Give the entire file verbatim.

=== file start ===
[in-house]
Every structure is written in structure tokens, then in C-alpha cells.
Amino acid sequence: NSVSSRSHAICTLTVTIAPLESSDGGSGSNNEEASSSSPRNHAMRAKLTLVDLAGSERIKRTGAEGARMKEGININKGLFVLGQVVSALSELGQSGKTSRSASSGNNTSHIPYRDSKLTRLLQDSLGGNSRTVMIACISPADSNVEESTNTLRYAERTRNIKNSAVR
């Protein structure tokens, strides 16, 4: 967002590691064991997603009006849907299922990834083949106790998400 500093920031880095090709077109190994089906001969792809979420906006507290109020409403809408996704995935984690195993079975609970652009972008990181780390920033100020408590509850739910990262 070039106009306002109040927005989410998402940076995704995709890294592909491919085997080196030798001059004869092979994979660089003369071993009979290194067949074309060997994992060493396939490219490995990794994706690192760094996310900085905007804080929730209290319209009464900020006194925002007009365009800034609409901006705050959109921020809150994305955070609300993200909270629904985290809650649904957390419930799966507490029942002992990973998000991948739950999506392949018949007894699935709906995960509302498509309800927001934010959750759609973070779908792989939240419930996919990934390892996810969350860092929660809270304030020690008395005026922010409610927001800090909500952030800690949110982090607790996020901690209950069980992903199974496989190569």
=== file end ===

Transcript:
[in-house]
Every structure is written in structure tokens, then in C-alpha cells.
Amino acid sequence: NSVSSRSHAICTLTVTIAPLESSDGGSGSNNEEASSSSPRNHAMRAKLTLVDLAGSERIKRTGAEGARMKEGININKGLFVLGQVVSALSELGQSGKTSRSASSGNNTSHIPYRDSKLTRLLQDSLGGNSRTVMIACISPADSNVEESTNTLRYAERTRNIKNSAVR
């Protein structure tokens, strides 16, 4: 967002590691064991997603009006849907299922990834083949106790998400 500093920031880095090709077109190994089906001969792809979420906006507290109020409403809408996704995935984690195993079975609970652009972008990181780390920033100020408590509850739910990262 070039106009306002109040927005989410998402940076995704995709890294592909491919085997080196030798001059004869092979994979660089003369071993009979290194067949074309060997994992060493396939490219490995990794994706690192760094996310900085905007804080929730209290319209009464900020006194925002007009365009800034609409901006705050959109921020809150994305955070609300993200909270629904985290809650649904957390419930799966507490029942002992990973998000991948739950999506392949018949007894699935709906995960509302498509309800927001934010959750759609973070779908792989939240419930996919990934390892996810969350860092929660809270304030020690008395005026922010409610927001800090909500952030800690949110982090607790996020901690209950069980992903199974496989190569």